Is BJP Rebranding Itself by Poaching BSP Leaders Such as Maurya?
As BJP tries to expand its social base in UP, Mayank Mishra asks whether the move will fetch any electoral dividend.
The 2014 Lok Sabha elections signalled a paradigm shift for the Bharatiya Janata Party (BJP) in Uttar Pradesh, and not just for the record number of seats it won. Perhaps for the first time, the party secured more votes among non-Jatav Dalits than the Bahujan Samaj Party. And it is estimated to have got an overwhelming 60 percent votes of most backward classes (MBCs), a growth of nearly 100 per cent over the previous Lok Sabha elections.
MBCs (OBCs excluding dominant castes like Yadavs, Kurmis and Koeris) are numerically significant but politically under-represented. And they have been the focus of the BJP’s attention in recent years. With the entry of former BSP General Secretary Swami Prasad Maurya in the BJP earlier this week, the party’s profile in this social category is expected to go up several notches, especially in UP.
Winning Over Non-Dominant OBCs
The caste Swami Prasad Maurya belongs to is one of the largest OBC groups in the state. BSP founder and Mayawati’s mentor Kanshi Ram cultivated this and similar other communities, estranged as they were from the more dominant groups of Yadavs, Kurmis and Koeries. Mayawati took this legacy forward.
The BJP now has sensed an opportunity and has started cultivating them to expand what some commentators call its fixed but limited social base in states like UP. Other than targeting leaders from these communities, the party is also attempting alliances with smaller parties with limited pockets of influence on the assumption that smaller parties are easier to manage as allies.
And UP is not the only state where the saffron party has tried to push this idea. In Bihar too, the party tried to shed its image of a Brahmin-Baniya party. Surprisingly, its list of star campaigners for the assembly elections held last year included an unfamiliar name like Mukesh Sahni, who was projected as “son of Mallah”. Mallah, Nishad, Sahni, Lohars and Kahars are some of the castes categorised as MBCs.
The idea behind the BJP’s aggressive pursuit of MBCs stems from reports that suggest there is a sense of alienation among members of this group with parties seen to be representing OBCs. There is a realisation among members of these communities that they have been denied a fair share of political power thus far and they are yet to reap the full benefits of reservation in government jobs and educational institutions. Members of these communities have begun to blame the dominant groups in the OBC category for their relative deprivation and now want to come out of their shadow.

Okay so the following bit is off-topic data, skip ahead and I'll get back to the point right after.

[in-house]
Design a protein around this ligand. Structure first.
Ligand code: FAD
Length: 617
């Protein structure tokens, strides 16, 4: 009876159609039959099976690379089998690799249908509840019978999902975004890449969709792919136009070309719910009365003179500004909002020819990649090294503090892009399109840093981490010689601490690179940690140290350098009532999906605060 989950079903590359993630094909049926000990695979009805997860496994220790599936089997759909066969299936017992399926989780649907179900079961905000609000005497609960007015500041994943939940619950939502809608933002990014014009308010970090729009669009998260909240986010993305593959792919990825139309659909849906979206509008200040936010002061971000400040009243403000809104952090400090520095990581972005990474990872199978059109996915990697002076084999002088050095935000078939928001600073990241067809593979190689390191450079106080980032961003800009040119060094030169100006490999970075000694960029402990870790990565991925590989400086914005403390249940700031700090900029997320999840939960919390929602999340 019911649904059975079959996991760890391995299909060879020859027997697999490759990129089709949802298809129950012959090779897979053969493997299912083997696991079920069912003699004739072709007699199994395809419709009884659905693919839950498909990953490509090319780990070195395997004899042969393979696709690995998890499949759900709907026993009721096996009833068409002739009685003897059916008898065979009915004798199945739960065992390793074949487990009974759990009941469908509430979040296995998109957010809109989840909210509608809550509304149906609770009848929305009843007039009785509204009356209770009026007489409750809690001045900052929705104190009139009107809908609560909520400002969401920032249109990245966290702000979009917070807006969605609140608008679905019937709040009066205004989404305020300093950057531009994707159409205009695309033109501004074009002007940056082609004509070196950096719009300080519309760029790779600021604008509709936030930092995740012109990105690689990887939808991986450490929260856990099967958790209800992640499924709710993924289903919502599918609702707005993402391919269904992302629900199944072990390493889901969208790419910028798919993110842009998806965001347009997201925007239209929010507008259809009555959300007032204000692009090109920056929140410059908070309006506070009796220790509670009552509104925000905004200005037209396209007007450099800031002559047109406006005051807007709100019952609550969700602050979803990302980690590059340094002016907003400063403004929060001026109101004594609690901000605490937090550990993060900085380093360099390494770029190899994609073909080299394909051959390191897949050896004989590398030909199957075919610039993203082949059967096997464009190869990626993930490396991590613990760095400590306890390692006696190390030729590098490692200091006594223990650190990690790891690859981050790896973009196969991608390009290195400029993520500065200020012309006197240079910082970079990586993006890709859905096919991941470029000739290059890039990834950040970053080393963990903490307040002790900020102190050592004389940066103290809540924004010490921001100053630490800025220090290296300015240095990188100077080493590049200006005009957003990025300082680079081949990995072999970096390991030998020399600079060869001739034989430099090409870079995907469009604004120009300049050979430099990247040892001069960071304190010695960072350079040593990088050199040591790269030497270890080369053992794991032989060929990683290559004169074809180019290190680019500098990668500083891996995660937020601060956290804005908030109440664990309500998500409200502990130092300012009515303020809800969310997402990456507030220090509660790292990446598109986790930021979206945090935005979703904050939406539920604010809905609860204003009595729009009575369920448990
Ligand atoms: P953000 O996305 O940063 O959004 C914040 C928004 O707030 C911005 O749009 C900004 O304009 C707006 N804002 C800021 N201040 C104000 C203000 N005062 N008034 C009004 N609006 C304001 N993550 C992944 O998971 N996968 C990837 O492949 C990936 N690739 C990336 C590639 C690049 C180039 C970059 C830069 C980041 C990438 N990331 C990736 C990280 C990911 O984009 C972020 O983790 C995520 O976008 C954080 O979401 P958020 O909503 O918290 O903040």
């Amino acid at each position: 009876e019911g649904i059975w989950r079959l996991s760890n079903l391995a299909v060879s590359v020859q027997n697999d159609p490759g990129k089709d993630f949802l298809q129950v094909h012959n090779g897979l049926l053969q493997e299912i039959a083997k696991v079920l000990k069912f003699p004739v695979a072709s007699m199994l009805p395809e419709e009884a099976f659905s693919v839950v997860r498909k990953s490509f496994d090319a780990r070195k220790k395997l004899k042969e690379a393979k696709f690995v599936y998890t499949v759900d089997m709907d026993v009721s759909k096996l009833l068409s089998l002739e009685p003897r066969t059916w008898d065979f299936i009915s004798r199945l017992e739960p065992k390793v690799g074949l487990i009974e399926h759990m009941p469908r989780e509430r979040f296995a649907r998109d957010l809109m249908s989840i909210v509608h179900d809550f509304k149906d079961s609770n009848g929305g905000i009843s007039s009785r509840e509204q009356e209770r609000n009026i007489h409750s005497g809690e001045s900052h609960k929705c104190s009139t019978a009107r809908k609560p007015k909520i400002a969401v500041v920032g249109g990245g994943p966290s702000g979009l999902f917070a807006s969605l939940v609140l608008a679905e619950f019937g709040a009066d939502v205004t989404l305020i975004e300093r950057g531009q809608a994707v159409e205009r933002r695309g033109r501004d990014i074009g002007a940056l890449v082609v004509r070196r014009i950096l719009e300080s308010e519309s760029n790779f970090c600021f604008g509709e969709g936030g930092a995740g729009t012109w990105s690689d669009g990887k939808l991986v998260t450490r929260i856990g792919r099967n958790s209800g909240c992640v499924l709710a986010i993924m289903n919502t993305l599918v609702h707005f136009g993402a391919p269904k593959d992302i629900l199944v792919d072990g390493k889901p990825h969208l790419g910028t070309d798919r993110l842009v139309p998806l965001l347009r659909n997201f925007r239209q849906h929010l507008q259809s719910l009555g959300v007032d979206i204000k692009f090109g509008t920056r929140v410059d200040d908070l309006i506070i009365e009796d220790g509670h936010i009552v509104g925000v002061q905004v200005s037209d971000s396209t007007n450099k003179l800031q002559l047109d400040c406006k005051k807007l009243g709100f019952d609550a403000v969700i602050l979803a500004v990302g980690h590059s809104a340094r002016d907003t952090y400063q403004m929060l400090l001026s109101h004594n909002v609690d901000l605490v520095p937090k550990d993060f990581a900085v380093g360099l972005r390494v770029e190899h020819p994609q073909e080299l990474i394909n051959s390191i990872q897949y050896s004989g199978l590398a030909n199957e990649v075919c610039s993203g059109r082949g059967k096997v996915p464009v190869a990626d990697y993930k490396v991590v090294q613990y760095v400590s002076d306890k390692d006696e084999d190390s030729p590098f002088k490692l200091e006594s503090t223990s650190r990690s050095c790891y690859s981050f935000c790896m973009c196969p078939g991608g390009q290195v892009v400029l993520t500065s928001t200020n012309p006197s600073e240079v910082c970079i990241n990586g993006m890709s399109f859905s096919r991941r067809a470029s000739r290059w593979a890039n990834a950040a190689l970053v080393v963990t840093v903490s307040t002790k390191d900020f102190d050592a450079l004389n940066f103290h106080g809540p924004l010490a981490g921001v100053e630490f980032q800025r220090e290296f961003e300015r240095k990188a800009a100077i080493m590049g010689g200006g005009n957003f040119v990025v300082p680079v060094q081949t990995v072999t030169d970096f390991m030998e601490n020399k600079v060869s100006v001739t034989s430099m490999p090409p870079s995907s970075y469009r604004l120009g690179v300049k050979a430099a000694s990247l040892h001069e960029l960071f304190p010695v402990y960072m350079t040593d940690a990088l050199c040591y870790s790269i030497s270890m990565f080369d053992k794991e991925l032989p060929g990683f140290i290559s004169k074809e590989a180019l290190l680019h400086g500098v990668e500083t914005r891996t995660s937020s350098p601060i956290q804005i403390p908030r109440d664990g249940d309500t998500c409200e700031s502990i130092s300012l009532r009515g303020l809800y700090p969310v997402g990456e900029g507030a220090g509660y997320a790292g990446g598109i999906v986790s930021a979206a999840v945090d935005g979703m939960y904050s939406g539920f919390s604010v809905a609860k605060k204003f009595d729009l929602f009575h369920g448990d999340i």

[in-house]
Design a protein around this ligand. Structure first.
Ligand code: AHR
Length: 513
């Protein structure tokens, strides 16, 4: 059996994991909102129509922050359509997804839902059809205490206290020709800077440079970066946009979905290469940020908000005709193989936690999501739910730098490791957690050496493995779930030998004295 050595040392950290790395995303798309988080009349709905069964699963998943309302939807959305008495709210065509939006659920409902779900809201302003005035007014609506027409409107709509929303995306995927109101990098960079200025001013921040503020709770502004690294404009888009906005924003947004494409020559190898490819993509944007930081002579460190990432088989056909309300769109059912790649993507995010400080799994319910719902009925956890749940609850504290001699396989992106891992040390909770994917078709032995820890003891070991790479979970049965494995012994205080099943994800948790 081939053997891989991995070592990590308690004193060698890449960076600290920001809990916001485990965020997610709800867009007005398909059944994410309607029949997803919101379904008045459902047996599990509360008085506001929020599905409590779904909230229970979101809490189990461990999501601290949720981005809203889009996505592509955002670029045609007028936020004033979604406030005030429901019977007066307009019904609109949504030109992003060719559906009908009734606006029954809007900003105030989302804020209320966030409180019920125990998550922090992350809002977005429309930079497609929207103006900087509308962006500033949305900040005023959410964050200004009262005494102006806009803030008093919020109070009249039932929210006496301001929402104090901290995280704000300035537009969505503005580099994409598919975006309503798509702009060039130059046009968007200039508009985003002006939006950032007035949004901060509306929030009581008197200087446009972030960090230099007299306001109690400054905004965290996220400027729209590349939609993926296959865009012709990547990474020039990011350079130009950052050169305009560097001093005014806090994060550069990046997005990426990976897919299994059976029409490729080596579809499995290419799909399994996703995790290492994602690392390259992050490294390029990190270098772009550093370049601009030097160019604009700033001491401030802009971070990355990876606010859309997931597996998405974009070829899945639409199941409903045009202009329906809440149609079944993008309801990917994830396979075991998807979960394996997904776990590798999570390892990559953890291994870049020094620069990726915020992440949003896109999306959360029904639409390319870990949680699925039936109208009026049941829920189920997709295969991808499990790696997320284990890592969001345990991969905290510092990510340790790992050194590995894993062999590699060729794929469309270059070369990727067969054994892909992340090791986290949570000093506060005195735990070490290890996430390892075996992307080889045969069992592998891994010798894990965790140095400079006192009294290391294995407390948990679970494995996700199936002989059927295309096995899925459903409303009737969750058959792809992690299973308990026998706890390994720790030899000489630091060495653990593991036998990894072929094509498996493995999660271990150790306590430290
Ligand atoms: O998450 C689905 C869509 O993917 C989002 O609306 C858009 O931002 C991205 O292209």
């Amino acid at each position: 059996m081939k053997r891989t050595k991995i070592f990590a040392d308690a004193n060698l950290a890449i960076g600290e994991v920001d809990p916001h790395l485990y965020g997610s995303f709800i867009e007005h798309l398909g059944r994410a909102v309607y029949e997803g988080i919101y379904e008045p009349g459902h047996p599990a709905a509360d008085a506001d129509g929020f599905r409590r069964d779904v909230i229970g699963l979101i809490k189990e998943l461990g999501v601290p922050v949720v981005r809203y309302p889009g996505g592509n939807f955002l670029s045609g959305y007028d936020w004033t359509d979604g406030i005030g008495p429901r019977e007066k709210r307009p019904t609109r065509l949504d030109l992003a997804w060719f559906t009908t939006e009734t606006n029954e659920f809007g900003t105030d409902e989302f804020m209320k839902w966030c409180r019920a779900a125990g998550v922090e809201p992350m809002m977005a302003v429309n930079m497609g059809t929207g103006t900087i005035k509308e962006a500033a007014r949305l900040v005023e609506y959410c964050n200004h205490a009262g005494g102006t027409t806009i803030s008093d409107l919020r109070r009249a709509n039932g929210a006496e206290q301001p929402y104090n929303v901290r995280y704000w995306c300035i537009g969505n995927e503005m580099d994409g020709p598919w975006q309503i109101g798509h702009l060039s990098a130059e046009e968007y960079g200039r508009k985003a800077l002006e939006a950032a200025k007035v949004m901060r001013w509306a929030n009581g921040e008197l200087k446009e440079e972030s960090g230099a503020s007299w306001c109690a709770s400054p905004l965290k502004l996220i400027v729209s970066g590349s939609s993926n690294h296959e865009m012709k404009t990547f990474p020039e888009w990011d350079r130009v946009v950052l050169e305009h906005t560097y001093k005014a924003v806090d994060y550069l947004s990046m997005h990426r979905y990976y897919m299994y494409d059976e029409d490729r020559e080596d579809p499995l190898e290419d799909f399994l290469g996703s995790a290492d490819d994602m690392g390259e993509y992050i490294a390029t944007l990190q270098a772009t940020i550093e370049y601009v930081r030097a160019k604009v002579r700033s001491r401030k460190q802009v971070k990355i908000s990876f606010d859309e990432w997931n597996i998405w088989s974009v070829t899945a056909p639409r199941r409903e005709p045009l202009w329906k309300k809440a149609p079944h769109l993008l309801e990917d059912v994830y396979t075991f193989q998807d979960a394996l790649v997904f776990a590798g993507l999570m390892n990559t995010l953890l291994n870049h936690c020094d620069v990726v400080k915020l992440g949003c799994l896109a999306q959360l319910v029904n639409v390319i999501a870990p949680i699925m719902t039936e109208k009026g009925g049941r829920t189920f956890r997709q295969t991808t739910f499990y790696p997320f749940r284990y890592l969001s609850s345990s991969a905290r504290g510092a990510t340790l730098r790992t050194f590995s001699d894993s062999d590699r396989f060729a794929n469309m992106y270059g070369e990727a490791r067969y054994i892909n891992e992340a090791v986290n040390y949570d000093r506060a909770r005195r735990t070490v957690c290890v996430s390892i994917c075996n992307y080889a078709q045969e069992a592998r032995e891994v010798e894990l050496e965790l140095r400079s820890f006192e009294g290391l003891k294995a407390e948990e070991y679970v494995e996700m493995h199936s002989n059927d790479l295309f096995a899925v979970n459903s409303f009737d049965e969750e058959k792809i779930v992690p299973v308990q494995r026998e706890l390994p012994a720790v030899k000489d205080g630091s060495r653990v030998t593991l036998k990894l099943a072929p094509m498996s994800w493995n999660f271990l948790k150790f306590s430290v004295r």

Courting the MBCs
- With the induction of BSP General Secretary Swami Prasad
Maurya, BJP is trying to woo the MBCs who have been under-represented
- BJP is looking forward to expand its social base and come
out of the ambit of being a ‘Baniya-Brahmin’ party.
- BJP is targeting smaller parties as well in a bid to
consolidate its vote bank with a rainbow alliance ahead of assembly elections
- MBCs who’ve traditionally voted for Mayawati are a
disgruntled lot due to alienation by dominant groups among the OBCs.
- BJP’s move may backfire with the Brahmins looking up to Congress and Sheila Dikshit as their
chief ministerial candidate.
Ignoring Dominant Groups
An extension of the ‘woo-MBC’ strategy is to politically sideline dominant castes. The BJP did it successfully with the Jats in Haryana, the Marathas in Maharashtra and may repeat the same with the Patidars in Gujarat. By ignoring or being indifferent to the claims of dominant communities, the BJP is trying to send a signal to MBCs that it wants to push their cause aggressively.
The BJP perhaps is also following the principle of working on its areas of strength. Centre for the Study of Developing Societies (CSDS) data show that in the 2014 Lok Sabha elections, the BJP secured 42 percent of lower OBC votes at the national level. In fact, overwhelming support from lower OBCs and upper castes (47 percent of them voted for the BJP) ensured the landslide victory for the party in 2014.
The BJP is repositioning its brand with the assumption that upper castes are likely to remain loyal to them forever. That may be a risky assumption. The aggressive pursuit of a section of OBCs runs the risk of alienating some sections of upper castes, more so in states like UP where the Congress is aggressively trying to woo Brahmins.
Given the history of upper castes’ association with the Congress in the past, it is not inconceivable that a section of them switches sides, maybe in future if not immediately. If that happens, it will lead to a new round of social engineering in the state’s political landscape.
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